TRENTON – A bill sponsored by Senator Bob Smith which would establish a municipal consolidation commission to recommend mergers and shared services in order to cut the cost of government in New Jersey was approved by the Senate today by a vote of 35 -2.
“In New Jersey, we have more government than we can afford, and tiny fiefdoms serving minimal people only drive up our property taxes higher and higher,” said Senator Smith, D-Middlesex and Somerset, the co-chair of a panel to review regionalization and shared services during the Legislature’s Special Session. “We need a panel of planning experts, who will be able to light the path towards cost savings from shared services and municipal consolidation. This bill will ensure that New Jersey adapts to the changing needs of our people, and operates at the highest level of efficiency.”
The bill, S-12, would establish the “Local Unit Alignment, Reorganization and Consolidation Commission,” to identify municipalities in the State which are ripe for mergers or shared service agreements, based on a set of predetermined efficiency benchmarks. Under the bill, the Commission – which would include representation from each region of the State: North, Central and South – would recommend municipalities to regionalize, either in whole or in part, with service sharing to increase government efficiency for the taxpayers. The Legislature would have 30 days to object to any recommendations from the Commission, at which point the regionalization proposal would be put to the voters in each municipality as a ballot question. Consolidation would require voter approval in each affected municipality.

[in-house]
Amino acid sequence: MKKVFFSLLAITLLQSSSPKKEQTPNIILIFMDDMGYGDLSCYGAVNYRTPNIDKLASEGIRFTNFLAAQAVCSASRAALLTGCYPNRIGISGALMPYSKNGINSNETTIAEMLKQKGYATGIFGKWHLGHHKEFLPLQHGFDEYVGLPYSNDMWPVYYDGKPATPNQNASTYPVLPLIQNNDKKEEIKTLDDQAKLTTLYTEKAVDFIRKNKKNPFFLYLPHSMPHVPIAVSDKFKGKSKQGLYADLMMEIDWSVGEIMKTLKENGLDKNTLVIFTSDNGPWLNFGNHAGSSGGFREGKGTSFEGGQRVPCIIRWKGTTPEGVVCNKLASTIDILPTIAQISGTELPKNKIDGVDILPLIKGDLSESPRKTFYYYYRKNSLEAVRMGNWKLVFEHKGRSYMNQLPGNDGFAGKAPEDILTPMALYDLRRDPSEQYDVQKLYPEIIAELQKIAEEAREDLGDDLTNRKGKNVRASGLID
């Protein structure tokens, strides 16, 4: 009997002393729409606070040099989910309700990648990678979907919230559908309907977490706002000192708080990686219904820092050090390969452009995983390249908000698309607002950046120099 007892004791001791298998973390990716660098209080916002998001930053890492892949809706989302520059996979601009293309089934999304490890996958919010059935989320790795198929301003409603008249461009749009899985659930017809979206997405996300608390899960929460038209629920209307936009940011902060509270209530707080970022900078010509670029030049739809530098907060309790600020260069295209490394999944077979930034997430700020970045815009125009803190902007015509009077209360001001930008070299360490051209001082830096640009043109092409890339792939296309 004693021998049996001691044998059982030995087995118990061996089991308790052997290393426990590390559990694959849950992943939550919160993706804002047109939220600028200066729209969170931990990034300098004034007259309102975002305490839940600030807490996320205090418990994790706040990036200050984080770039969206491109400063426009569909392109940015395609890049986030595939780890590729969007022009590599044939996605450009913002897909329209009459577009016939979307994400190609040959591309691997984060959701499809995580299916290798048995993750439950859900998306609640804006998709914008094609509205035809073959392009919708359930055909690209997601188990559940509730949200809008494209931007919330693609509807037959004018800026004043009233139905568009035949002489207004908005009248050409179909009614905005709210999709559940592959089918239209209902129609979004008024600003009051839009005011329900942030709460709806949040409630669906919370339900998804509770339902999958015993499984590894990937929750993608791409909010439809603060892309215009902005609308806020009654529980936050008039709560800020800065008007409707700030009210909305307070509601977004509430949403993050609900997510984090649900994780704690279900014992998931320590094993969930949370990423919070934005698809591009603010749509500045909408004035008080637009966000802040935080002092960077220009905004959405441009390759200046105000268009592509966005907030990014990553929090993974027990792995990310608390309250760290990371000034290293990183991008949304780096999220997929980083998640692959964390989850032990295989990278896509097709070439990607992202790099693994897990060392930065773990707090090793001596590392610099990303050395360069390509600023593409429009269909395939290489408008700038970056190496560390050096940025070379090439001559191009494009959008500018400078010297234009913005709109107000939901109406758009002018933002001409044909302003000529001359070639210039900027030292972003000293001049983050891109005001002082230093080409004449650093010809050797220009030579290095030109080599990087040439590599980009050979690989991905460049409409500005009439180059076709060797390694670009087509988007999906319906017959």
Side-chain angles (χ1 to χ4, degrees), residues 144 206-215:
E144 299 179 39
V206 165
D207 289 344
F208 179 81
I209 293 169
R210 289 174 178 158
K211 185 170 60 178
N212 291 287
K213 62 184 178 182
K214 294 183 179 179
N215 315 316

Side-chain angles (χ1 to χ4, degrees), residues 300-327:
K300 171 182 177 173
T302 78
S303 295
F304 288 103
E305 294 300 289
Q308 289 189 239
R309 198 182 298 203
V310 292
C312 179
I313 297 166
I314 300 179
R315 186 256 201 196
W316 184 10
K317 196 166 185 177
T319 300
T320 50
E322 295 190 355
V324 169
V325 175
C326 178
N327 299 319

“The municipal merger commission is really one of the centerpieces of our work with the Consolidation Committee, and is a testament to bipartisan cooperation to benefit the taxpayers of New Jersey,” said Senator Smith, who noted that the concept was originally proposed by Senator Joe Kyrillos, R-Monmouth and Middlesex. “The commission will allow experts and academics a chance to tackle our State’s unique ‘municipal madness,’ and make recommendations to promote greater efficiency. At the same time, the ultimate say will come from the voters who will have to live with the repercussions or benefits of regionalization.”
“Going into the future, I hope that we will be able to provide expanded incentives to further promote municipal consolidation in the State budget process,” Senator Smith added.
The bill, which received preliminary approval in the Assembly, has to go back for concurrence with Senate amendments to the bill.